We’ve all been there: in the middle of a fight we know we can’t win, aware that our frustration has overwhelmed all sense of perspective, yet utterly unable to stop. 

In this moment, it may help to remember the old saying: It is better to bend than to break! This is just what Dr. Gottman’s research has shown.

When we’re caught in the heat of an argument, we’re in a state of crisis. Crisis, from the Greek krisis, is defined as “a time of intense difficulty, trouble, or danger.” In this moment, what we yearn for most is to feel safe. 

Dr. Gottman’s studies have produced evidence for what we intuitively know: Without a feeling of emotional and physical safety, there is no way for us to reach a state of compromise with another. 

His studies have also yielded evidence for something counter-intuitive. If your goal is to reach a state of compromise, you must first focus on yourself. 

To reach compromise, you must define your core needs, refuse to relinquish anything that you feel is absolutely essential, and be willing to accept influence. 

Dr. Gottman’s advice, based on years of research, is the following: 

Remember, you can only be influential if you accept influence. Compromise never feels perfect. Everyone gains something and everyone loses something… the important thing is feeling understood, respected, and honored in your dreams.

If you feel like this is an incredibly tall order, you are not alone! The following exercise may be of comfort. Featured in The Art & Science of Love weekend workshop that Dr. Gottman leads with his wife and collaborator, Dr. Julie Gottman, this activity will help you and your partner to make headway into the perpetually gridlocked problems creating conflict and stress in your relationship.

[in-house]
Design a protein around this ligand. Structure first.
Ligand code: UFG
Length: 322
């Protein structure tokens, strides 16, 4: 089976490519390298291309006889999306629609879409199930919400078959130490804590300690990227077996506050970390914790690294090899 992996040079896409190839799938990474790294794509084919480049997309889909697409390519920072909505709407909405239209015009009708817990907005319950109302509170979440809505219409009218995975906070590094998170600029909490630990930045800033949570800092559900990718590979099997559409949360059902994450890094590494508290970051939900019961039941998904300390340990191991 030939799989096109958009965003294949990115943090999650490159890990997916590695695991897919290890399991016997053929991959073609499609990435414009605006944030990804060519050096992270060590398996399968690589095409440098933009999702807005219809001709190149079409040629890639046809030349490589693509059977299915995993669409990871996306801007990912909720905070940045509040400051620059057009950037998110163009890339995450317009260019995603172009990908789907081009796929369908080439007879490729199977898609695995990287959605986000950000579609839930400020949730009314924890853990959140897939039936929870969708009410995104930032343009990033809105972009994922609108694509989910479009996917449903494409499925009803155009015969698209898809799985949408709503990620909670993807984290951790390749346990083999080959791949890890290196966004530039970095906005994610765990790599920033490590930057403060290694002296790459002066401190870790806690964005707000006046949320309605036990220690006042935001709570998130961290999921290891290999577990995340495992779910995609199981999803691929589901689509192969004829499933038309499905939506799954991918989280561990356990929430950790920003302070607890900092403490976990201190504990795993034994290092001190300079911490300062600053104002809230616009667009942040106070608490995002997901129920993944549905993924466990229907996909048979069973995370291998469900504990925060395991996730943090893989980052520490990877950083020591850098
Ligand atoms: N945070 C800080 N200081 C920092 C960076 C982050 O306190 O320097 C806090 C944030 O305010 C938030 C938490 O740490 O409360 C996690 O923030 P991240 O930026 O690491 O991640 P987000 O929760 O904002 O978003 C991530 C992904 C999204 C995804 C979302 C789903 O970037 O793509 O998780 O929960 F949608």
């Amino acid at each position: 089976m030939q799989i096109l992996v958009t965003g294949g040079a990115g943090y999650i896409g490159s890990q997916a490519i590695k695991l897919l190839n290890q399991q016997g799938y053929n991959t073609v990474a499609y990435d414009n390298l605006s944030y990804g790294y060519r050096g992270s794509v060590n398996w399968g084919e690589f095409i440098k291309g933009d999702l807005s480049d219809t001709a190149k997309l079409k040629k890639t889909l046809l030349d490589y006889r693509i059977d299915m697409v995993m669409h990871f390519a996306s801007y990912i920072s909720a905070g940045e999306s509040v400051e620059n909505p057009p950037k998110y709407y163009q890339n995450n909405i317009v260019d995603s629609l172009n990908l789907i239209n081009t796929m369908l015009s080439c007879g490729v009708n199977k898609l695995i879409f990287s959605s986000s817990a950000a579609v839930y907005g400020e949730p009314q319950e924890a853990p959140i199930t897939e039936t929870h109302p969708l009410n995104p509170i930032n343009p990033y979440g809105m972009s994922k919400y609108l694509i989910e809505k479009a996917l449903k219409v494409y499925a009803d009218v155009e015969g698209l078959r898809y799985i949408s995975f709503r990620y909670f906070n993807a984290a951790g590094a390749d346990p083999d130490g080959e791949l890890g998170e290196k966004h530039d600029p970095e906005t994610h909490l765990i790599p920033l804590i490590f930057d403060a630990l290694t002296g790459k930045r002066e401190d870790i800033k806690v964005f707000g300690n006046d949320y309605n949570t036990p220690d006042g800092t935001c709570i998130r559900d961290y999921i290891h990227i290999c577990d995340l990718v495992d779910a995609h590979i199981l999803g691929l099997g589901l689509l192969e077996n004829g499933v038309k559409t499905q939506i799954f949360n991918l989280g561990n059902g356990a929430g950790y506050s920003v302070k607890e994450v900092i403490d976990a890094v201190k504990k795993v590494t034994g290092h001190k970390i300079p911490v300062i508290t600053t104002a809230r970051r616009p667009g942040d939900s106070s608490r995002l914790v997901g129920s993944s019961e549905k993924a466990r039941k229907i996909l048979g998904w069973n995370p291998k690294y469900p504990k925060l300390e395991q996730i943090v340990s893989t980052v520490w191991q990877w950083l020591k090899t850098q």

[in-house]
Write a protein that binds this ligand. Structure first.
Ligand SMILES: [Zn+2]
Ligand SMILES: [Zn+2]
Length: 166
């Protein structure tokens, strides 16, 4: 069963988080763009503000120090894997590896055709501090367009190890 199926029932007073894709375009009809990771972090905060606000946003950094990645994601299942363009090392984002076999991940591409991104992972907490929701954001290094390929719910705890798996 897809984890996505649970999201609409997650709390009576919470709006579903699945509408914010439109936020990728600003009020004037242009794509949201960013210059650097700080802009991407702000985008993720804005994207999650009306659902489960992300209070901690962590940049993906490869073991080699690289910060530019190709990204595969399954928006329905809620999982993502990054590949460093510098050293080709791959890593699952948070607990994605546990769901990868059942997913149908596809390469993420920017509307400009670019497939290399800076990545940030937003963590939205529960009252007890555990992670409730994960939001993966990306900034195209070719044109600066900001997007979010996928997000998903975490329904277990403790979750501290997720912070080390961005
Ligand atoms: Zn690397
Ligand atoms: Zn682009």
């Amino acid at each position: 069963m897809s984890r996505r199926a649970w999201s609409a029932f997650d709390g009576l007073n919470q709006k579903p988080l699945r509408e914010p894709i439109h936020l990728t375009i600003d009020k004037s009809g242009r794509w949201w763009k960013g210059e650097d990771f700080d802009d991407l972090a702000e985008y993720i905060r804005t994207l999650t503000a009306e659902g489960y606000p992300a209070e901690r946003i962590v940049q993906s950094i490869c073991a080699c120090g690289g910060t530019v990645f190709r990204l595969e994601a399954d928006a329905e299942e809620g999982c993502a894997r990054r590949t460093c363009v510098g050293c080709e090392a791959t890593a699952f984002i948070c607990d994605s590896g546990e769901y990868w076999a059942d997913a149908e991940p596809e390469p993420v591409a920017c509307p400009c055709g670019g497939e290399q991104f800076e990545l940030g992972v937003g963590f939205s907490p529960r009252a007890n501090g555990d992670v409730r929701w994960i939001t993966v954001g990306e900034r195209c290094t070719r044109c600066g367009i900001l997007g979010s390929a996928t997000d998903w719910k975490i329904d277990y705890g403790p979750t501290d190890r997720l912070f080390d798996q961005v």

Exercise: The Art of Compromise

Step 1: Consider an area of conflict in which you and your partner have been stuck in perpetual gridlock. Draw two ovals, one within the other. The one on the inside is your Inflexible Area, and the one on the outside is your Flexible Area.

Step 2: Think of the inside oval containing the ideas, needs, and values you absolutely cannot compromise on, and the outside oval containing the ideas, needs, and values that you feel more flexible with in this area. Make two lists.

Step 3: Discuss the following questions with your partner, in the way that feels most comfortable and natural for the two of you. Make sure that you really listen to each other in discussing your core needs:

  • Can you help me to understand why your “inflexible” needs or values are so important to you?
  • What are your guiding feelings here?
  • What feelings and goals do we have in common? How might these goals be accomplished?
  • Help me to understand your flexible areas. Let’s see which ones we have in common.
  • How can I help you to meet your core needs?
  • What temporary compromise can we reach on this problem

Note: This exercise should not be approached in the midst of a stressful discussion. It will be most helpful if undertaken in peace-time, perhaps in the evening or on a weekend with no distractions (give the kids something to do or hire a sitter, leave the phones in another room, etc). It should take you and your partner approximately thirty minutes. 

Remember, this activity is not a magical pill that can be popped, making all of your problems disappear forever. Instead, it is likely to be the beginning of a long series of honest, fruitful, and fulfilling discussions!

If it still feels intimidating, don’t be discouraged; It probably means that this is very important to you. Those of us who love someone have a real gift, and this caring is our greatest power – allowing us to see the loved one’s unique beauty, providing us with the motivation to overcome challenges together, and energizing us as we build bridges between our souls. 

We leave you with the wise words of Virginia Woolf: “You cannot find peace by avoiding life.”


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Ellie Lisitsa

Ellie Lisitsa is a staff writer at The Gottman Institute and a regular contributor to The Gottman Relationship Blog. Ellie is pursuing her B.A. in Psychology with an emphasis on Cognitive Dissonance at Reed College in Portland, Oregon.